Jesus, in John 3:19-21, says, “This is the verdict: Light has come into the world, but people loved darkness instead of light because their deeds were evil. Everyone who does evil hates the light, and will not come into the light for fear that their deeds will be exposed. But whoever lives by the truth comes into the light, so that it may be seen plainly that what they have done has been done in the sight of God.”
If Jesus is who He said He was, and the Bible’s claims are true, then none of this is surprising. According to the Bible, we are all corrupted by sin and in need of redemption. We can’t trust each other because so many of us are living in the dark, serving our own selfish motives. At first glance technology can seem like a savior, freeing us from our own limitations and archaic processes. Yet, like any other god of our own making, it will let us down and only serve to reveal our depravity. Like Adam and Eve in the garden, we are left feeling naked and inadequate.
The only trustworthy person is Jesus. He proved His unconditional love for us by dying on the cross for our sin and rising from the grave to conquer death on our behalf. He stands now as our advocate and refuge for those who are humble enough to acknowledge their sin and step into the light. He is waiting to embrace us there.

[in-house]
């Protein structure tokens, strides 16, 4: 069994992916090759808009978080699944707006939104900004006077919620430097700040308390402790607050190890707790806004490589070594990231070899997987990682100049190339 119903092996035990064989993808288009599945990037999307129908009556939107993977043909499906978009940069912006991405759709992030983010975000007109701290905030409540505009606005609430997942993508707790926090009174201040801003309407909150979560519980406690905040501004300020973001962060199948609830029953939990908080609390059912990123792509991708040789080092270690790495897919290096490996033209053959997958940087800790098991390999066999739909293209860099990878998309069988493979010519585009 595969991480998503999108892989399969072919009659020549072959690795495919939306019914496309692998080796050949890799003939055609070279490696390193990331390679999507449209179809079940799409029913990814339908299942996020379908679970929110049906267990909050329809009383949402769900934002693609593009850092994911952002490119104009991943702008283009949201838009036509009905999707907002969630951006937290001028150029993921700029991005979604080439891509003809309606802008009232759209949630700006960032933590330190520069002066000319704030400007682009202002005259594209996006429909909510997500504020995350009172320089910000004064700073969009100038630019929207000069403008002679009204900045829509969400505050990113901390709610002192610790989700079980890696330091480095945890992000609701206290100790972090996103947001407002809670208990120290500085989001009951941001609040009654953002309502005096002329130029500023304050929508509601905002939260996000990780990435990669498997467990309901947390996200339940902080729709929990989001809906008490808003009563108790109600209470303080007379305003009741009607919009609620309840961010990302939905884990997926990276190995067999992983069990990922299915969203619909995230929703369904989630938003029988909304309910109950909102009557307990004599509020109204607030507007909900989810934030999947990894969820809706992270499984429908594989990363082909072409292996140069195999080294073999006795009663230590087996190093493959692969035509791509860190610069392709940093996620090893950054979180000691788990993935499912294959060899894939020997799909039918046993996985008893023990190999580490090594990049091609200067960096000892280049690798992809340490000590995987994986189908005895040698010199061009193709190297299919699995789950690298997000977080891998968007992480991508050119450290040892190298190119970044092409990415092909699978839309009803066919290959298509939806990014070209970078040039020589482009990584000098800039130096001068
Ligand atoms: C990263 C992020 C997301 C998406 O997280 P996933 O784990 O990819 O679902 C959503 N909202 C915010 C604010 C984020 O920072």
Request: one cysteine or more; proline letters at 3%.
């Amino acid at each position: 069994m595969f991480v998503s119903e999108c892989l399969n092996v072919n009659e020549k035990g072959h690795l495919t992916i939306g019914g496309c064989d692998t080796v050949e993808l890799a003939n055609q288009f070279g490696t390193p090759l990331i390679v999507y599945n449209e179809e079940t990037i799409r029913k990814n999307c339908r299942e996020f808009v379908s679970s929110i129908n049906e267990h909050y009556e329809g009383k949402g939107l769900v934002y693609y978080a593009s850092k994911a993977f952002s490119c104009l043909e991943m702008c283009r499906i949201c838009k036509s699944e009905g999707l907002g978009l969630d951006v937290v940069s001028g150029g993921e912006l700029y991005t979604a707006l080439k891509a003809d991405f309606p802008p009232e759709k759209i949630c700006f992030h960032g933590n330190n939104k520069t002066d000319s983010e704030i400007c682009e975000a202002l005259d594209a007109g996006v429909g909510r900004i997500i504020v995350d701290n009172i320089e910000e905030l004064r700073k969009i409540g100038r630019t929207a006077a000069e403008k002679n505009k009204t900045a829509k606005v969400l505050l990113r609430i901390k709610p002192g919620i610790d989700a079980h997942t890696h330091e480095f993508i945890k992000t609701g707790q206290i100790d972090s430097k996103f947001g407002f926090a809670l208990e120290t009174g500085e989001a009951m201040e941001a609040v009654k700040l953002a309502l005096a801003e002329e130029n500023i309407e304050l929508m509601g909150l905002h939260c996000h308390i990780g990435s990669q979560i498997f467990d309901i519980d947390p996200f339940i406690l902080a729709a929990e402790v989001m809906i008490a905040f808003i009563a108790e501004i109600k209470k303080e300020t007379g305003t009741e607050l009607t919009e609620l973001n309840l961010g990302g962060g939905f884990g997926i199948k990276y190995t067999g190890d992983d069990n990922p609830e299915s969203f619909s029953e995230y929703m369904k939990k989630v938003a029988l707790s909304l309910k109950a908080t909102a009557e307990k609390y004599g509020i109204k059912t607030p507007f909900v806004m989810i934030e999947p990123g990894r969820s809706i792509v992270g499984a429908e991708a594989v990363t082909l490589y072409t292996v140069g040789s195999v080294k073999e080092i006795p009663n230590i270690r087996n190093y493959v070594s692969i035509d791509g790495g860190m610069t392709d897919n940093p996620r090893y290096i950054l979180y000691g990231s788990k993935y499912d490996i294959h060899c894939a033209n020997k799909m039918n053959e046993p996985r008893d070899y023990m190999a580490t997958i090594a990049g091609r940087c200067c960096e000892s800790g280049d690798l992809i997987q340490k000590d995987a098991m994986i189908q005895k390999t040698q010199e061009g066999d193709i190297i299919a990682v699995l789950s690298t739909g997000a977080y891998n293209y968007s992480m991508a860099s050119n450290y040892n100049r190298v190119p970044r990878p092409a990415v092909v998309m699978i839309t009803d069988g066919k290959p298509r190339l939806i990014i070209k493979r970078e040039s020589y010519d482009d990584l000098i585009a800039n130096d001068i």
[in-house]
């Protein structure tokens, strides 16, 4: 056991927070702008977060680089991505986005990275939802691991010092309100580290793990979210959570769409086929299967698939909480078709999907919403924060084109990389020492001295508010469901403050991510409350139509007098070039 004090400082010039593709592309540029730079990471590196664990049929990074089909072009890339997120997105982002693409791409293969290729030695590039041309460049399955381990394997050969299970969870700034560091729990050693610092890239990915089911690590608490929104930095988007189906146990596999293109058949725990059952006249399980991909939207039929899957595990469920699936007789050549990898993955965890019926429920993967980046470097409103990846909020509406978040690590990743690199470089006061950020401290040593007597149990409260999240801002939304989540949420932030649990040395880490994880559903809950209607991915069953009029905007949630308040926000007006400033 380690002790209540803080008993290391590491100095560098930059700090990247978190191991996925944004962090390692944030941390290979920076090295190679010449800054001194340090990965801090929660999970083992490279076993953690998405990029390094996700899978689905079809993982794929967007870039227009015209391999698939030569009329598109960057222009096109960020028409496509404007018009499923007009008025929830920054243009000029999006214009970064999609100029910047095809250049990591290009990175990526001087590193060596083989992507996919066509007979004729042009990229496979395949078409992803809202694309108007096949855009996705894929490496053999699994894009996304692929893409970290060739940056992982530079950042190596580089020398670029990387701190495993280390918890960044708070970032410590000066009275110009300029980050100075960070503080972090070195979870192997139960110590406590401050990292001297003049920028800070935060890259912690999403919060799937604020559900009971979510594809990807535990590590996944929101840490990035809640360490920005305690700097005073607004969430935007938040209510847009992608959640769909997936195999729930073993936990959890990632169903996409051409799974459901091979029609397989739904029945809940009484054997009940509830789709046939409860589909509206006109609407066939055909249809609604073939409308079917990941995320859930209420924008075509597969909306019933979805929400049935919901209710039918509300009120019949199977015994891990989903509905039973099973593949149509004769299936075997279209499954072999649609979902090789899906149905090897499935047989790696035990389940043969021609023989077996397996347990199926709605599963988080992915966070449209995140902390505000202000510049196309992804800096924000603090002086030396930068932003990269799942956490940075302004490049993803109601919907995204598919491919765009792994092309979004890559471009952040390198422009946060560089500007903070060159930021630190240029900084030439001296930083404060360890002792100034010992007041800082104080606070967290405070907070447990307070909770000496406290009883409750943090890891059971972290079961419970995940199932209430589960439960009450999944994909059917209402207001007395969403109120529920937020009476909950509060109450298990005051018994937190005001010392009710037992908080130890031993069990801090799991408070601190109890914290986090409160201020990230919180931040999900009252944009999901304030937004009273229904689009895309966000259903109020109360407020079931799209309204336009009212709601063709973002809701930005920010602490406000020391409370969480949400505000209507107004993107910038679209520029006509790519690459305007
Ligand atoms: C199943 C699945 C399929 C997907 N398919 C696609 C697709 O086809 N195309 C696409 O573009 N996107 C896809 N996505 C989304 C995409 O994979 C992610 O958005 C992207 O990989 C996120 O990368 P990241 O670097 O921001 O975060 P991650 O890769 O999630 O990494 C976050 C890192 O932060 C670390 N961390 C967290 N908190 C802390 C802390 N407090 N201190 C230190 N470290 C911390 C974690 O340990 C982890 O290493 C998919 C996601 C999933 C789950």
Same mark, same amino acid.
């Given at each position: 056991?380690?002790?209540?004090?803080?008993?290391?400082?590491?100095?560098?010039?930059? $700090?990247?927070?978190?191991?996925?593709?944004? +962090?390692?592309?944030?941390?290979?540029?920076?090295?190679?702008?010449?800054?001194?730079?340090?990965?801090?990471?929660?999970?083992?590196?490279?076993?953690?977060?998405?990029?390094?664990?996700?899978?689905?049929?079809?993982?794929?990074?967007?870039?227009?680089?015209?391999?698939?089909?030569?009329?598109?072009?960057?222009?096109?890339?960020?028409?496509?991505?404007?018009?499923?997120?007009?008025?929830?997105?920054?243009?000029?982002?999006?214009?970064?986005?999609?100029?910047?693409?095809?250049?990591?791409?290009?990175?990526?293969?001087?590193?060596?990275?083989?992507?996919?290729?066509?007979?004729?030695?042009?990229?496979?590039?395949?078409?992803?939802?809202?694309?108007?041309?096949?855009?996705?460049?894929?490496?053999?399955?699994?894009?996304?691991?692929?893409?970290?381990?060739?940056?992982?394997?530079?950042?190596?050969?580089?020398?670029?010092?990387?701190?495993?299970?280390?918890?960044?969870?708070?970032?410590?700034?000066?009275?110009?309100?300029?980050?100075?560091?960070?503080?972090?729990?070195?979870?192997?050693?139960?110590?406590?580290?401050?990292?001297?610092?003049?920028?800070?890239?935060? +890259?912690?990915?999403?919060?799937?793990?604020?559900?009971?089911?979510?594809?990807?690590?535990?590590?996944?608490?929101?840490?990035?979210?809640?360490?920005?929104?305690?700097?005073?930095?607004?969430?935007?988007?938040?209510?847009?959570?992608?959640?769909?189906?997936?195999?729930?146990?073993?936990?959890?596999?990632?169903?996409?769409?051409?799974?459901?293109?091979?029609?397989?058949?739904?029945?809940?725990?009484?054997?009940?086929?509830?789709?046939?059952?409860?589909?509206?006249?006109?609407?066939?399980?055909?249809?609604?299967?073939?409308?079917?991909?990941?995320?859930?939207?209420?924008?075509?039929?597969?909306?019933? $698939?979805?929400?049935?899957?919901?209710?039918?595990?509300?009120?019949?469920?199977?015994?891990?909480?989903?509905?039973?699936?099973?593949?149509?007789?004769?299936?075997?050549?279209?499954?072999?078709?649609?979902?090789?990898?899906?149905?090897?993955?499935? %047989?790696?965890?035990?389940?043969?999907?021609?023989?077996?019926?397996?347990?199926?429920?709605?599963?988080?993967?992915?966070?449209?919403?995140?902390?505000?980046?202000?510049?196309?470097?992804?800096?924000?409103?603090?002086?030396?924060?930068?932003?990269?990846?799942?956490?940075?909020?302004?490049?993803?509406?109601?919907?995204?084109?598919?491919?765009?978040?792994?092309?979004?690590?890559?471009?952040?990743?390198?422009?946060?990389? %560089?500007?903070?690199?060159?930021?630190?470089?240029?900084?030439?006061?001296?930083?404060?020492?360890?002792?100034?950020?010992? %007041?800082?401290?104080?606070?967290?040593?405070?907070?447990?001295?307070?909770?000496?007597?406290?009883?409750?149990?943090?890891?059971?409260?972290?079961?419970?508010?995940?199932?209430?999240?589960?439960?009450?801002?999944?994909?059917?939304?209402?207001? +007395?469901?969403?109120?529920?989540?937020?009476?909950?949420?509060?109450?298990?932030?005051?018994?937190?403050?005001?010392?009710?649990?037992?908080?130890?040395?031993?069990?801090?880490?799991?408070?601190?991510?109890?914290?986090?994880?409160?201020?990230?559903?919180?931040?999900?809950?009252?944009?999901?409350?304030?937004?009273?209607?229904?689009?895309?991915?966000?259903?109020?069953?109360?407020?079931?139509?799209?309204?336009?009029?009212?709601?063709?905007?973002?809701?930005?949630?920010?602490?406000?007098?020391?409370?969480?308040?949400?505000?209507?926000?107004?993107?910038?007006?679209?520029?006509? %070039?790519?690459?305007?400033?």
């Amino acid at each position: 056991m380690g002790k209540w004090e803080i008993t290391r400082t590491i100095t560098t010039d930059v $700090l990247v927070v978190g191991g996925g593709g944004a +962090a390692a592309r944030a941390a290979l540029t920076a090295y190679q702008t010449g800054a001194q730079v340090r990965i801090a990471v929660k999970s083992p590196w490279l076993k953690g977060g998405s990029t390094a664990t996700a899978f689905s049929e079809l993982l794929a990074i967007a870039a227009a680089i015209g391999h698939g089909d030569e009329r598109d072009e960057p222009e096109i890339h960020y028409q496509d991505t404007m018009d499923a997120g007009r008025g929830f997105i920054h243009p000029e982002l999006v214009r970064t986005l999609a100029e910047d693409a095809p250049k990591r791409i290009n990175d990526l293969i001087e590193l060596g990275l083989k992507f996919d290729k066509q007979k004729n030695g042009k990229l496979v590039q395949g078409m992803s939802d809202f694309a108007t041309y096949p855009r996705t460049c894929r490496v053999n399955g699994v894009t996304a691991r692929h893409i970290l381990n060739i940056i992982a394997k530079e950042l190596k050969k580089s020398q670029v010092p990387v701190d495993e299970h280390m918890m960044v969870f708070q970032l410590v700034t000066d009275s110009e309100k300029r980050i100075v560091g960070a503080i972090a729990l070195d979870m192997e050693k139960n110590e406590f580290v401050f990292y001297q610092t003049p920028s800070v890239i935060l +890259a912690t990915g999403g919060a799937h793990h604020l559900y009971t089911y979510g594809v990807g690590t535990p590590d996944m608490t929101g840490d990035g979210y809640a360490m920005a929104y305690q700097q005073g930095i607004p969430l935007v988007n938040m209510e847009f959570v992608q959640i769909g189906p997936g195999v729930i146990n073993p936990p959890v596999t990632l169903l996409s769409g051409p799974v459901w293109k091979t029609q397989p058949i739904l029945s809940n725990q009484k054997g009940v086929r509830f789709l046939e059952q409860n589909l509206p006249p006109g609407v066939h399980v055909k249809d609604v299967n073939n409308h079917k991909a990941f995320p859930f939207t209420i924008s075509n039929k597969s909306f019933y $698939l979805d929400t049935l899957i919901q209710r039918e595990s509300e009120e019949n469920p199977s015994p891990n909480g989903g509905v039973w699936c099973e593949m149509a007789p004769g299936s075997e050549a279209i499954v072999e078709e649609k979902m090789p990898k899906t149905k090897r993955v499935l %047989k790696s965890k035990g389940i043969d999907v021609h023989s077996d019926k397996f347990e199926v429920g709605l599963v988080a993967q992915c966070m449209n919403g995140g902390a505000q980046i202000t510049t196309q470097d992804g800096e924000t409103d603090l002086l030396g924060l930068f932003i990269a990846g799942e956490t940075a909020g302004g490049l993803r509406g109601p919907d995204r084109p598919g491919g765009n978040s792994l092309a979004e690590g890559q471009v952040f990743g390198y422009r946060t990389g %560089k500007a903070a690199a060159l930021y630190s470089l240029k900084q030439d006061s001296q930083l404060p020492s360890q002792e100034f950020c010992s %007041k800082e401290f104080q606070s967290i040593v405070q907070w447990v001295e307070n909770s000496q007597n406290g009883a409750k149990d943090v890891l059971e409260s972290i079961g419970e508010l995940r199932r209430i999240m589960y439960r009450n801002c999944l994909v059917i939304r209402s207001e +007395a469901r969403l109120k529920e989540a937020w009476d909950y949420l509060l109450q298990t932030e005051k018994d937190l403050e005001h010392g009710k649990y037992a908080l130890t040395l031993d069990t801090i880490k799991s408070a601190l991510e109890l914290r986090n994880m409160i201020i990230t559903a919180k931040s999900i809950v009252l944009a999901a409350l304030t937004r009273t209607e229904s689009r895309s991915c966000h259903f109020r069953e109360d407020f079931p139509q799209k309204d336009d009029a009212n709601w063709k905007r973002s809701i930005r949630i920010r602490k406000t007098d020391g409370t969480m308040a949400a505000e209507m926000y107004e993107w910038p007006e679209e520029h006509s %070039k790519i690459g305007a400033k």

As the church steps into the light, the world will hate us because it will convict them of their own sin.
But there will be some who will be drawn out of the darkness and into the light of salvation because of our testimony. In the wake of this fourth industrial revolution many will be left disillusioned, looking for a refuge, something of substance. It will be critical for us to keep our heads in the midst of the hype and not forget that we hold the truth of Christ within us, the hope of the world, and the only true reliability.
Although we face an uncertain future we know that the truth of Jesus will last forever, “Heaven and earth will pass away, but my words will never pass away.” (Matthew 24:35)